Experimental death metal is always a risky path for any band to go down. Ultimately only the fans will decide whether throwing some atmospheric, film score-esque segments into an otherwise brutal album will add some depth and variety to it or make it flop harder than that Morbid Angel album that shall not be named. Thankfully, French five piece Post-Mortem’s first full length release God with Horns has struck the balance perfectly between a unique, more atmospheric sound and good old fashioned death metal.
Having been fluctuating between melo-death/thrash and death metal since 1995, Post – Mortem are most definitely back in the game with God With Horns, a nine track rollercoaster of an album which keeps the listener on their toes throughout. There are brutal growls, gang vocals, thumping, groove laden riffs sat right next to clean, grunge style singing and string interludes. Thankfully, death metal is the dominant, over riding force on the album, with more experimental fragments thrown in sporadically.
The wonderfully gory titled fourth track “Eat the Cadaver” is by far the best track on the album. With a powerful opening riff and deep, gravelly vocals, this potent and punchy number sounds distinctly like Bloodbath at points. Seventh song Void Millennium Genesis is also a firm runner up for best song on the album, with its fast, relentless noise and brutally infectious chorus so powerful that it draws comparisons with Belgian legends Aborted occasionally.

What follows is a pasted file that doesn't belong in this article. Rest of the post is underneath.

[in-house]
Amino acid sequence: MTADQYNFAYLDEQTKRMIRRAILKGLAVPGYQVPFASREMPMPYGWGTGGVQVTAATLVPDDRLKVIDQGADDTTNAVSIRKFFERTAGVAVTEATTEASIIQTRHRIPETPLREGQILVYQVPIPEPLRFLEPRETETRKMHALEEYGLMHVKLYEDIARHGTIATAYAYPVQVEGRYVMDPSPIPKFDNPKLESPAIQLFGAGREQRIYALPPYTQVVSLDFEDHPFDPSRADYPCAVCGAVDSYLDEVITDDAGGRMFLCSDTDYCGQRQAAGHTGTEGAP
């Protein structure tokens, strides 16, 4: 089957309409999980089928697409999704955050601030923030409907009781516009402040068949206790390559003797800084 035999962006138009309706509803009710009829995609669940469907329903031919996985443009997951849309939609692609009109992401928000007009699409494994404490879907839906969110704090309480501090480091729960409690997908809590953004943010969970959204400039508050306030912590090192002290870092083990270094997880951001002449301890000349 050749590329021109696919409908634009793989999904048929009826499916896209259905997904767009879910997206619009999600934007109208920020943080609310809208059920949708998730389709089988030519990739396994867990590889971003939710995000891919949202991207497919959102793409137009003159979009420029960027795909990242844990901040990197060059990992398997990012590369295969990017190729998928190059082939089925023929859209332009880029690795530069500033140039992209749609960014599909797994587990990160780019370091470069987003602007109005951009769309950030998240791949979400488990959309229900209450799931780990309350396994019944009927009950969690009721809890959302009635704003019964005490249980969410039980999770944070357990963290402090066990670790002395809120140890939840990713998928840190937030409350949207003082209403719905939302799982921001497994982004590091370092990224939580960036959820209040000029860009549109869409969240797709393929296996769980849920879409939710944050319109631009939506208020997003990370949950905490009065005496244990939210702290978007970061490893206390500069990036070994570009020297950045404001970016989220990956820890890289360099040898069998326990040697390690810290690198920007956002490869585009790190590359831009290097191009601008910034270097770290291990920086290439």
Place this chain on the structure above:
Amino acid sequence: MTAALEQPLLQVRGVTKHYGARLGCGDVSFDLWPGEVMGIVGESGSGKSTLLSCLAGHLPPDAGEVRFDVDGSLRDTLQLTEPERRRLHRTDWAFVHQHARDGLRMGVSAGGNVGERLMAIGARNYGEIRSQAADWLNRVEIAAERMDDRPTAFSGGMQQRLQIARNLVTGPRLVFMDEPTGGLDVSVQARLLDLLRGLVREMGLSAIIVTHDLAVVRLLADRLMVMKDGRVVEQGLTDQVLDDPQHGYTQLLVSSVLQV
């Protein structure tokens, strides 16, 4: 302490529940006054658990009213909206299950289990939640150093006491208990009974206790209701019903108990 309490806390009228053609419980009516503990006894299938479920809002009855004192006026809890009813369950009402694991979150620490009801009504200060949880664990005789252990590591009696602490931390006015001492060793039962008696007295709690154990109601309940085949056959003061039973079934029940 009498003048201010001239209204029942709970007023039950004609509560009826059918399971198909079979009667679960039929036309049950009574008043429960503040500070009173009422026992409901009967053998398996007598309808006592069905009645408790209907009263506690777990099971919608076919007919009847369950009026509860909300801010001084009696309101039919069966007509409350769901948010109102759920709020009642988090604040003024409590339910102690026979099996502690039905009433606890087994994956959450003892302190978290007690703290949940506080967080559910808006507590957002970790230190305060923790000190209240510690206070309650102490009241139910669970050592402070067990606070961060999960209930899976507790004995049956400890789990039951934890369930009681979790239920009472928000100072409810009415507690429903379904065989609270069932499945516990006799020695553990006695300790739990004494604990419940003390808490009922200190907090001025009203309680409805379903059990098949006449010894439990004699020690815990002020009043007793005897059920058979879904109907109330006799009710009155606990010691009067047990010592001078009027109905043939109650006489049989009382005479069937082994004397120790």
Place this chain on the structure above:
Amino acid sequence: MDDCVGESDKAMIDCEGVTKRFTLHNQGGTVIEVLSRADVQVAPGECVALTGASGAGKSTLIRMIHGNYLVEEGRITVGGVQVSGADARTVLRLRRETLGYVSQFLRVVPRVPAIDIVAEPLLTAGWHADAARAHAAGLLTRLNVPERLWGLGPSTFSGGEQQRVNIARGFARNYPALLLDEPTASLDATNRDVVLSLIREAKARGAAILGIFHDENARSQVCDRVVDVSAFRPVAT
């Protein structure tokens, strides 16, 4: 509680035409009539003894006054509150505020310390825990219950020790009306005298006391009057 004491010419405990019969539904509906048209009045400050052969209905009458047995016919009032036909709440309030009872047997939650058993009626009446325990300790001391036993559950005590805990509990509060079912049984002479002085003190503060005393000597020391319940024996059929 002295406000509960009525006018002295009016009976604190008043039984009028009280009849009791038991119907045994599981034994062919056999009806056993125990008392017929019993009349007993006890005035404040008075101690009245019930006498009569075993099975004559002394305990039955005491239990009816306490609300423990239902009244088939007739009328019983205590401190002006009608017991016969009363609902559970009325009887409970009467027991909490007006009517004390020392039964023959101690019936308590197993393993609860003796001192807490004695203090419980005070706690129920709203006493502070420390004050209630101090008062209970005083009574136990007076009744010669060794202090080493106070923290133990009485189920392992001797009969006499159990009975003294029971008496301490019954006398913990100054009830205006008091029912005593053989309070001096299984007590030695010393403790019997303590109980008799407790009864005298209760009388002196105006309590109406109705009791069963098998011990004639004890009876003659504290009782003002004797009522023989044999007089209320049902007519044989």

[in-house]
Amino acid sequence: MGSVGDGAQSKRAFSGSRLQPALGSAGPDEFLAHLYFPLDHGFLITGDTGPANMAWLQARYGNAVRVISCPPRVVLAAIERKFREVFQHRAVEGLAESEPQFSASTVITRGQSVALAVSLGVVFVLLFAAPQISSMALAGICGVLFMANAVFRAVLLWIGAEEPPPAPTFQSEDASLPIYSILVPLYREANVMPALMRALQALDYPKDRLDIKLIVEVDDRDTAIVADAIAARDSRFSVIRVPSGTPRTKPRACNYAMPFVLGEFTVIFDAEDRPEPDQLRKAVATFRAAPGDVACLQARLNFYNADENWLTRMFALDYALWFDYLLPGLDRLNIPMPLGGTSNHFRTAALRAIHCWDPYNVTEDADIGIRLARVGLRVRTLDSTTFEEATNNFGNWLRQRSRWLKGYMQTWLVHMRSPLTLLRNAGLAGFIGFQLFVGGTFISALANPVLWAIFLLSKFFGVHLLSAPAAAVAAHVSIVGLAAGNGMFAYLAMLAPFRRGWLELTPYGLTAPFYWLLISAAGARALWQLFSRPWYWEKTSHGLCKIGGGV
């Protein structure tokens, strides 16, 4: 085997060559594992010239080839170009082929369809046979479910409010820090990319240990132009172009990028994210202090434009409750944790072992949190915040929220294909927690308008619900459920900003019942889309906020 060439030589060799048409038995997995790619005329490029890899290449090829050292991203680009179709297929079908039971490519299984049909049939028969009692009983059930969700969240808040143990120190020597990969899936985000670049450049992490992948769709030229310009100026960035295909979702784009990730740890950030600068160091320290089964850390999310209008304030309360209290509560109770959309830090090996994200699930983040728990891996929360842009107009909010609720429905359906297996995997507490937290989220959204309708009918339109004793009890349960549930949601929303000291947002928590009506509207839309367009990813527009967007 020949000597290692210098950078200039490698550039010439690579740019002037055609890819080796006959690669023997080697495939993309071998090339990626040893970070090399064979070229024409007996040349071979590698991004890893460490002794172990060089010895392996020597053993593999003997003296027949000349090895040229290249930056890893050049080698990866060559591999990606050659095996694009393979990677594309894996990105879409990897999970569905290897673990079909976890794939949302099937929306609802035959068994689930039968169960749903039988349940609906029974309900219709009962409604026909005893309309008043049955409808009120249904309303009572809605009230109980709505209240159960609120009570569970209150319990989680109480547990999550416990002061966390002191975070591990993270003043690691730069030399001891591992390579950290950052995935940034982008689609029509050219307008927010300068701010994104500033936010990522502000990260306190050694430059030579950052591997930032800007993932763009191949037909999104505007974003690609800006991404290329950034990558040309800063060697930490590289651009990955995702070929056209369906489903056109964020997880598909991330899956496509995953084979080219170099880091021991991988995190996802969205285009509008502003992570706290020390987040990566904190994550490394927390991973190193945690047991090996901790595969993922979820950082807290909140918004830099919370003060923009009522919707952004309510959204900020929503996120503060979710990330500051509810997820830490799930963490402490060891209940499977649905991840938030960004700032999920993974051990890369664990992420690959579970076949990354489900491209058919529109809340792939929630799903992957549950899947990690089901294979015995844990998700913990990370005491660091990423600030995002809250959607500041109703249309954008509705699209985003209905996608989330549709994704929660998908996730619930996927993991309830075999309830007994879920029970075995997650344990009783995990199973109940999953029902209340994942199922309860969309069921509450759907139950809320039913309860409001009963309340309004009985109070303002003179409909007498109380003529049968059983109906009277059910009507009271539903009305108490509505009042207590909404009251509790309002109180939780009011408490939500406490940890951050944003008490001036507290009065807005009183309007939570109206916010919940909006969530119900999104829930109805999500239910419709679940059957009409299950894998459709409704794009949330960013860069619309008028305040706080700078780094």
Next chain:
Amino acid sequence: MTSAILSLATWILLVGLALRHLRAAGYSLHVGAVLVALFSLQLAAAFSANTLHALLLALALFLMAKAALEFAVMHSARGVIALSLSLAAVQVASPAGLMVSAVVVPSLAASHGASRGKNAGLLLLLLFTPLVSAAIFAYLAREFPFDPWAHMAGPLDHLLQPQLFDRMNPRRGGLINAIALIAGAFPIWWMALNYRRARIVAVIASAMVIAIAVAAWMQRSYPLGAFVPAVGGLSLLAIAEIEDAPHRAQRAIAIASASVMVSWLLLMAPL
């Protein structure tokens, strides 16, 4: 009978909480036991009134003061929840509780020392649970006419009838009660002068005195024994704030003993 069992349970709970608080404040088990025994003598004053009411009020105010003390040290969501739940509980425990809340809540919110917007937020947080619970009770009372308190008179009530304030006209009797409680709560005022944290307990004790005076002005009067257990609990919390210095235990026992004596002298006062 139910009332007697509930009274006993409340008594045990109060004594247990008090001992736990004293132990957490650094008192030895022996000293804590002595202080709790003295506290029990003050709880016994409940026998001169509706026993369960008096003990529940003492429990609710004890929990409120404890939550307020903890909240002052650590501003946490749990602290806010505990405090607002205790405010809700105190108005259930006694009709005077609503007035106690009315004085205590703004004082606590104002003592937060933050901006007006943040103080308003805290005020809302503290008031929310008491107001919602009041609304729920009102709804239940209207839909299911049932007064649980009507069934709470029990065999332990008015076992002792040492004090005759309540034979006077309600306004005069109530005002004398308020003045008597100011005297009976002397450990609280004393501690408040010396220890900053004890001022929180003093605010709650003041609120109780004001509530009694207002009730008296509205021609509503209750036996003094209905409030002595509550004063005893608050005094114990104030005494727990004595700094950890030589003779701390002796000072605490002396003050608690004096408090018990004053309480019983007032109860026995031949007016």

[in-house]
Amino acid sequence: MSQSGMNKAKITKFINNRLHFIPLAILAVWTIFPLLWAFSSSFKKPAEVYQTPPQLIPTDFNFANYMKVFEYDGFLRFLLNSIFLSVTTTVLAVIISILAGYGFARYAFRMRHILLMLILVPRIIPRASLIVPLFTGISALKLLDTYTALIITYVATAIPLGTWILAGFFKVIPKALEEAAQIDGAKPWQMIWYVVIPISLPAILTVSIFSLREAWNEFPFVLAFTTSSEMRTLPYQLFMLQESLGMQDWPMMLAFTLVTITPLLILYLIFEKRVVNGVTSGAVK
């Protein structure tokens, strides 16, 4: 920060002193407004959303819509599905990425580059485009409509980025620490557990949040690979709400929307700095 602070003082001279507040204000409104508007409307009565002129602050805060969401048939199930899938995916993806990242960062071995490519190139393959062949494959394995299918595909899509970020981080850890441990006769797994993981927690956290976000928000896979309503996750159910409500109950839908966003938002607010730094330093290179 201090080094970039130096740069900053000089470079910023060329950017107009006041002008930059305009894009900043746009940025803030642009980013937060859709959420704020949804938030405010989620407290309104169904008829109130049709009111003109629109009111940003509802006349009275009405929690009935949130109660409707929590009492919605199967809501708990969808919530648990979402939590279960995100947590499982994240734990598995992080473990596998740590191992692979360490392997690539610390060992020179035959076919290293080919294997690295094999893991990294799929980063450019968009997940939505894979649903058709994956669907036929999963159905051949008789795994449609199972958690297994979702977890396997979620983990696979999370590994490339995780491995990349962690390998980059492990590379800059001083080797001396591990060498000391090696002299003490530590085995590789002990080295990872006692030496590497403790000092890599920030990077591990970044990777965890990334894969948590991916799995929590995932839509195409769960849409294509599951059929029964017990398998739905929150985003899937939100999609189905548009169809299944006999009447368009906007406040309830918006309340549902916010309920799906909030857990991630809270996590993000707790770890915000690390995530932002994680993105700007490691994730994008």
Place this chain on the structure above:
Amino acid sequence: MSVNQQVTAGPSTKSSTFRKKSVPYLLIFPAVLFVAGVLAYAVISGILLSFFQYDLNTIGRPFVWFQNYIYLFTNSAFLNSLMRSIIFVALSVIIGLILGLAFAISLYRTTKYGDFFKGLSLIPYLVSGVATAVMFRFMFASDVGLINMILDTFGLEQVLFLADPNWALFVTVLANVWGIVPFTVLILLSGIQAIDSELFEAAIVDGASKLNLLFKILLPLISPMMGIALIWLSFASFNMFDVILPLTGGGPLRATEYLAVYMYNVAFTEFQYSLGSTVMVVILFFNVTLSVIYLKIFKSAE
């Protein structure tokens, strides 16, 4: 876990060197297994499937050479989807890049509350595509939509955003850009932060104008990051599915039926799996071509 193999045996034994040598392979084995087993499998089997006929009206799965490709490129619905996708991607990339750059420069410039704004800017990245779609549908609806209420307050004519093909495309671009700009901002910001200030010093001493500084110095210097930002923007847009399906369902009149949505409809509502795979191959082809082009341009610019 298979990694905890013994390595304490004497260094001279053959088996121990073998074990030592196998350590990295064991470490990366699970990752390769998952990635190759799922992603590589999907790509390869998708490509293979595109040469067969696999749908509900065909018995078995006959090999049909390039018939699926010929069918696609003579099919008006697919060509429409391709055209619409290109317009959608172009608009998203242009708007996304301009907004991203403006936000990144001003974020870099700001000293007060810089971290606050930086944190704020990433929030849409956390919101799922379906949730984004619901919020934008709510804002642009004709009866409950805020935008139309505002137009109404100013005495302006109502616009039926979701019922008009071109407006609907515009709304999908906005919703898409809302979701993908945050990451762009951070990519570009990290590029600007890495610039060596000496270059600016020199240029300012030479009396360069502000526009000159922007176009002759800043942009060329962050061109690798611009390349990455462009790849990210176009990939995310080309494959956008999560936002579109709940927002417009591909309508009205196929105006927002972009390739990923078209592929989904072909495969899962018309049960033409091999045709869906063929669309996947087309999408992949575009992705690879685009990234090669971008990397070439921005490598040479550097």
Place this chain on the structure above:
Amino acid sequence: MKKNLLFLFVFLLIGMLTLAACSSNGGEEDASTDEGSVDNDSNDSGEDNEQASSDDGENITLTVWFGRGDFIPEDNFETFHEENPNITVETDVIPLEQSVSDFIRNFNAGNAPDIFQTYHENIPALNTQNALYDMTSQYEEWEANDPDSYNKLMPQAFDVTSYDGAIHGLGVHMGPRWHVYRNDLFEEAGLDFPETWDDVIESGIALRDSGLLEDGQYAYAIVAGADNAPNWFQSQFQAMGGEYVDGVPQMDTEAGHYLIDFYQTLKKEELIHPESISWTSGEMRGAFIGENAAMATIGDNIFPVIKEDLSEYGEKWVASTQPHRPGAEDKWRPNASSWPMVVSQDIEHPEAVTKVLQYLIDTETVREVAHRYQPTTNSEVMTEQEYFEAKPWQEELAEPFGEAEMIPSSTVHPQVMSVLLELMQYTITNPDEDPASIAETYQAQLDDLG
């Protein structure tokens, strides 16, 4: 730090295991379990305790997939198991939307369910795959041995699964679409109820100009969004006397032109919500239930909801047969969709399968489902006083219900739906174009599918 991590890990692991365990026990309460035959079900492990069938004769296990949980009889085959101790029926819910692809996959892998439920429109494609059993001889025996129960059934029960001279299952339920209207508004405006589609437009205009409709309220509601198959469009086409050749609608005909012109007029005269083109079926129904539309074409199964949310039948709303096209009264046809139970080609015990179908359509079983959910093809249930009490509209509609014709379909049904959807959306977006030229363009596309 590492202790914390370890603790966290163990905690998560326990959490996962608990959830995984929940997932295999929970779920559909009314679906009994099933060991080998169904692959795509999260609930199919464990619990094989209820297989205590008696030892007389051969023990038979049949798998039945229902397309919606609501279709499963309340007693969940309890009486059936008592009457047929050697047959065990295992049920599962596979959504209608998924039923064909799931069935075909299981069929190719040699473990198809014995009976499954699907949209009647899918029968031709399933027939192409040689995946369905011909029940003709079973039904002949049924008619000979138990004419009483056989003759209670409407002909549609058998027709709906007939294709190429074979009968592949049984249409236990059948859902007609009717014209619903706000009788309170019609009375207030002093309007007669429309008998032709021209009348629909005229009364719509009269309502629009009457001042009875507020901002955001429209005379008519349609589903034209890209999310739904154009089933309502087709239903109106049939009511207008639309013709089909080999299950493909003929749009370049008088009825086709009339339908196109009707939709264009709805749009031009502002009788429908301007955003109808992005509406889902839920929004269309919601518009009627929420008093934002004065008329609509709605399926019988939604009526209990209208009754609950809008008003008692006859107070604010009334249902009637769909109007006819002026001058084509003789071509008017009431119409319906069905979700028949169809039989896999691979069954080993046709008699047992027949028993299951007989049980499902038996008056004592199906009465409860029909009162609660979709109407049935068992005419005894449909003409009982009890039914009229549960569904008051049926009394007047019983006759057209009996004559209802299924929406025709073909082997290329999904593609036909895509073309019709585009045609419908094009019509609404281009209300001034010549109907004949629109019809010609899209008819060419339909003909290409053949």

The real pattern breakers on God with Horns would have to be third song Rules of Death and title track God with Horns. Despite opening with blast beats and a speedy riff, Rules of Death throws in some unsuspecting clean singing into the mix which catches the listener completely off guard and almost takes the song down a questionable melo-death route. Title track God with Horns adds some more eerie and atmospheric sounds into the mix with a very experimental end featuring a string section, electronic drums and operatic vocals.
God with Horns is a modern death metal album with its heart and soul firmly in the old school. Post Mortem have combined both the guttural and brutal elements of bands such as Dying Fetus (especially so on the vocals) Bloodbath and Decrepit Birth with the more weird and wonderful sounds of experimental acts such as Fleshgod Apocalypse. God with Horns is a fantastic album for those who like to be kept on the edge of their seat throughout.
(7/10 Eilish Foxen)